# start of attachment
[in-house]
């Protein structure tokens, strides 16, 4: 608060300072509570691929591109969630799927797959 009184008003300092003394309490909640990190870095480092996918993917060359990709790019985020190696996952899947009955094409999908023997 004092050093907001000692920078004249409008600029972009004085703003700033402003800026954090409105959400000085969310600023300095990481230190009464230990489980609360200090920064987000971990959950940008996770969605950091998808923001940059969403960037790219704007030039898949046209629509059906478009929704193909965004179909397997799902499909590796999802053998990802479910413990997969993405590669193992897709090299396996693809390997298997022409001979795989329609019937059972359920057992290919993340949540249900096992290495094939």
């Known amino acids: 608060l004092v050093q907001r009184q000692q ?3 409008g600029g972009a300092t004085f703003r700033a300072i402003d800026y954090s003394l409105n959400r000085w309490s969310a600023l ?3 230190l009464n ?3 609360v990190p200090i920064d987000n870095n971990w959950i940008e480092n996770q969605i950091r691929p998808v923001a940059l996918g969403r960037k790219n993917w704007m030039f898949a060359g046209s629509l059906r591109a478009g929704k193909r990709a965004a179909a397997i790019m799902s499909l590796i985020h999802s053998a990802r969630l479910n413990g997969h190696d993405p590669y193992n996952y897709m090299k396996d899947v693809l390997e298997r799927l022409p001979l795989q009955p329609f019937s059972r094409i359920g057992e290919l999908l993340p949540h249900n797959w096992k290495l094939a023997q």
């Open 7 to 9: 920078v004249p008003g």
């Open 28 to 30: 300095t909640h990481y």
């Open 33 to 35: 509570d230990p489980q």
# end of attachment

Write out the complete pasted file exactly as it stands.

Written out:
[in-house]
């Protein structure tokens, strides 16, 4: 608060300072509570691929591109969630799927797959 009184008003300092003394309490909640990190870095480092996918993917060359990709790019985020190696996952899947009955094409999908023997 004092050093907001000692920078004249409008600029972009004085703003700033402003800026954090409105959400000085969310600023300095990481230190009464230990489980609360200090920064987000971990959950940008996770969605950091998808923001940059969403960037790219704007030039898949046209629509059906478009929704193909965004179909397997799902499909590796999802053998990802479910413990997969993405590669193992897709090299396996693809390997298997022409001979795989329609019937059972359920057992290919993340949540249900096992290495094939």
């Known amino acids: 608060l004092v050093q907001r009184q000692q ?3 409008g600029g972009a300092t004085f703003r700033a300072i402003d800026y954090s003394l409105n959400r000085w309490s969310a600023l ?3 230190l009464n ?3 609360v990190p200090i920064d987000n870095n971990w959950i940008e480092n996770q969605i950091r691929p998808v923001a940059l996918g969403r960037k790219n993917w704007m030039f898949a060359g046209s629509l059906r591109a478009g929704k193909r990709a965004a179909a397997i790019m799902s499909l590796i985020h999802s053998a990802r969630l479910n413990g997969h190696d993405p590669y193992n996952y897709m090299k396996d899947v693809l390997e298997r799927l022409p001979l795989q009955p329609f019937s059972r094409i359920g057992e290919l999908l993340p949540h249900n797959w096992k290495l094939a023997q």
């Open 7 to 9: 920078v004249p008003g």
């Open 28 to 30: 300095t909640h990481y």
């Open 33 to 35: 509570d230990p489980q």